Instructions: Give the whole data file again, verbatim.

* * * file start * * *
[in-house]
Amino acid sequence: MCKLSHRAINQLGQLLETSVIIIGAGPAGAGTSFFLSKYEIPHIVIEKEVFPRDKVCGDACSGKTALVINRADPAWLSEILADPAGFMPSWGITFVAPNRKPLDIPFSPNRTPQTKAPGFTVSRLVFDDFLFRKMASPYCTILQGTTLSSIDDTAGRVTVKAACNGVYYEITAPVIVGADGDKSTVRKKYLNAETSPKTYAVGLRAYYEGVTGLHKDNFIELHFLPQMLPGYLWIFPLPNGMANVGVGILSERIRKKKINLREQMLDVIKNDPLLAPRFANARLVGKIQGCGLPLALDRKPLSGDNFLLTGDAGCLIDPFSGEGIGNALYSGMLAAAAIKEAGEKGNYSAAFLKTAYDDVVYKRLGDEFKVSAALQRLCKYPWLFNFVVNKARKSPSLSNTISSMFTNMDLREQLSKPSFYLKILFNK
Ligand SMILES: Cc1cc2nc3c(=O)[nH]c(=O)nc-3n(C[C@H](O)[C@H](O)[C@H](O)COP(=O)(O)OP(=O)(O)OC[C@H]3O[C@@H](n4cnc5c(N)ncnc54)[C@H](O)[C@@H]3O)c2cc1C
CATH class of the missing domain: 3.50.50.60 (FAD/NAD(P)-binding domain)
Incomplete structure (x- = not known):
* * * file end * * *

[in-house]
Amino acid sequence: MCKLSHRAINQLGQLLETSVIIIGAGPAGAGTSFFLSKYEIPHIVIEKEVFPRDKVCGDACSGKTALVINRADPAWLSEILADPAGFMPSWGITFVAPNRKPLDIPFSPNRTPQTKAPGFTVSRLVFDDFLFRKMASPYCTILQGTTLSSIDDTAGRVTVKAACNGVYYEITAPVIVGADGDKSTVRKKYLNAETSPKTYAVGLRAYYEGVTGLHKDNFIELHFLPQMLPGYLWIFPLPNGMANVGVGILSERIRKKKINLREQMLDVIKNDPLLAPRFANARLVGKIQGCGLPLALDRKPLSGDNFLLTGDAGCLIDPFSGEGIGNALYSGMLAAAAIKEAGEKGNYSAAFLKTAYDDVVYKRLGDEFKVSAALQRLCKYPWLFNFVVNKARKSPSLSNTISSMFTNMDLREQLSKPSFYLKILFNK
Ligand SMILES: Cc1cc2nc3c(=O)[nH]c(=O)nc-3n(C[C@H](O)[C@H](O)[C@H](O)COP(=O)(O)OP(=O)(O)OC[C@H]3O[C@@H](n4cnc5c(N)ncnc54)[C@H](O)[C@@H]3O)c2cc1C
CATH class of the missing domain: 3.50.50.60 (FAD/NAD(P)-binding domain)
Incomplete structure (x- = not known):